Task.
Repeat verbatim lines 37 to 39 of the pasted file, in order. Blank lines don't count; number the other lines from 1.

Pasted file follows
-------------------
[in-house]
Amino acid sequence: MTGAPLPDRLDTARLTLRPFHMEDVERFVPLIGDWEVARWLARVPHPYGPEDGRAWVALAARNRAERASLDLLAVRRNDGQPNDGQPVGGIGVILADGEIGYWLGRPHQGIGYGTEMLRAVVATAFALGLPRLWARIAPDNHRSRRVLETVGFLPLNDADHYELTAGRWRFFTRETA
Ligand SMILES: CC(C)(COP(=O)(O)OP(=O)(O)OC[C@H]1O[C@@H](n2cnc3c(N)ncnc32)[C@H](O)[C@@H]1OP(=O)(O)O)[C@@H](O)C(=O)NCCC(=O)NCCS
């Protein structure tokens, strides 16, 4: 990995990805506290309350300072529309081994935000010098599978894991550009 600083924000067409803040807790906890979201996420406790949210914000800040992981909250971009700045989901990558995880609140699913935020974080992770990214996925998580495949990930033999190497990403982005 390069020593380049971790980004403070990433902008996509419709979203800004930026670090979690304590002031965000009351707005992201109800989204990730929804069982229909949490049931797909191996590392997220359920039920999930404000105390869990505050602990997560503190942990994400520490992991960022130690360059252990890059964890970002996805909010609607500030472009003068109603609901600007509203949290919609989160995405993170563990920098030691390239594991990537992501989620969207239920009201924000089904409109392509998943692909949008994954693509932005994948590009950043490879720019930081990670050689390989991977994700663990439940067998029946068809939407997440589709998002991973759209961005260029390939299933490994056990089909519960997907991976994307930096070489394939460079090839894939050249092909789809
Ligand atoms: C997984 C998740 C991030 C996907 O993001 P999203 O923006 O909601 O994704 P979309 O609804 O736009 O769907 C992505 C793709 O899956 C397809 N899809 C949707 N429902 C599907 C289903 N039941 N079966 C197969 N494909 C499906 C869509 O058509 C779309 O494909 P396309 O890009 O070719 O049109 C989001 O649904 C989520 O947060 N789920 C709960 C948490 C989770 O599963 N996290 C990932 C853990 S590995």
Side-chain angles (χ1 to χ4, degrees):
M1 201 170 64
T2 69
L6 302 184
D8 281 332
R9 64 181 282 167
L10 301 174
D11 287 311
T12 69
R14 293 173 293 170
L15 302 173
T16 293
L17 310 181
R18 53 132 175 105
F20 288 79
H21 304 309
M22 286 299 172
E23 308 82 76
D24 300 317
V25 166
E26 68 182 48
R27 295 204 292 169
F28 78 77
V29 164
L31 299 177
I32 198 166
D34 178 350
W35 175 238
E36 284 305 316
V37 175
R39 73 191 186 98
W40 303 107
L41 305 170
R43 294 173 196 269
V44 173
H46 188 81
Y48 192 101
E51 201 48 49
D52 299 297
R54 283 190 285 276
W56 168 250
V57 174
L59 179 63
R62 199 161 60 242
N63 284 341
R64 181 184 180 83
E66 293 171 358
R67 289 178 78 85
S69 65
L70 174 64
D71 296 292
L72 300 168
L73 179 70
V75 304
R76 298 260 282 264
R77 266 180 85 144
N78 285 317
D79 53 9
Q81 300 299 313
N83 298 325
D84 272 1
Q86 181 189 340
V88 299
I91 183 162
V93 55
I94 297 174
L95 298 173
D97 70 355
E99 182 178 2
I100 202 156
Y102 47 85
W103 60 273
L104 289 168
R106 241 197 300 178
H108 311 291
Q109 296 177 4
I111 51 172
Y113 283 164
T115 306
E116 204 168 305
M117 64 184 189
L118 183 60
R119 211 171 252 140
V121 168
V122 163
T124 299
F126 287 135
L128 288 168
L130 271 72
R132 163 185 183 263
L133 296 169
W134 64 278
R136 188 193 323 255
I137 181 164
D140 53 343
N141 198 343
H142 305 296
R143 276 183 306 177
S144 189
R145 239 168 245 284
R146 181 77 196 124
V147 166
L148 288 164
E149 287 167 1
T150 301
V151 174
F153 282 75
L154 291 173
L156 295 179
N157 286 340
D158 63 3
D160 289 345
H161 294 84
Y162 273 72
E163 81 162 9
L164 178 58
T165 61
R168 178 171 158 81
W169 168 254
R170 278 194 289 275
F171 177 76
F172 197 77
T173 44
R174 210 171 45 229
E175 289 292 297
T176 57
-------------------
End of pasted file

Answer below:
W40 303 107
L41 305 170
R43 294 173 196 269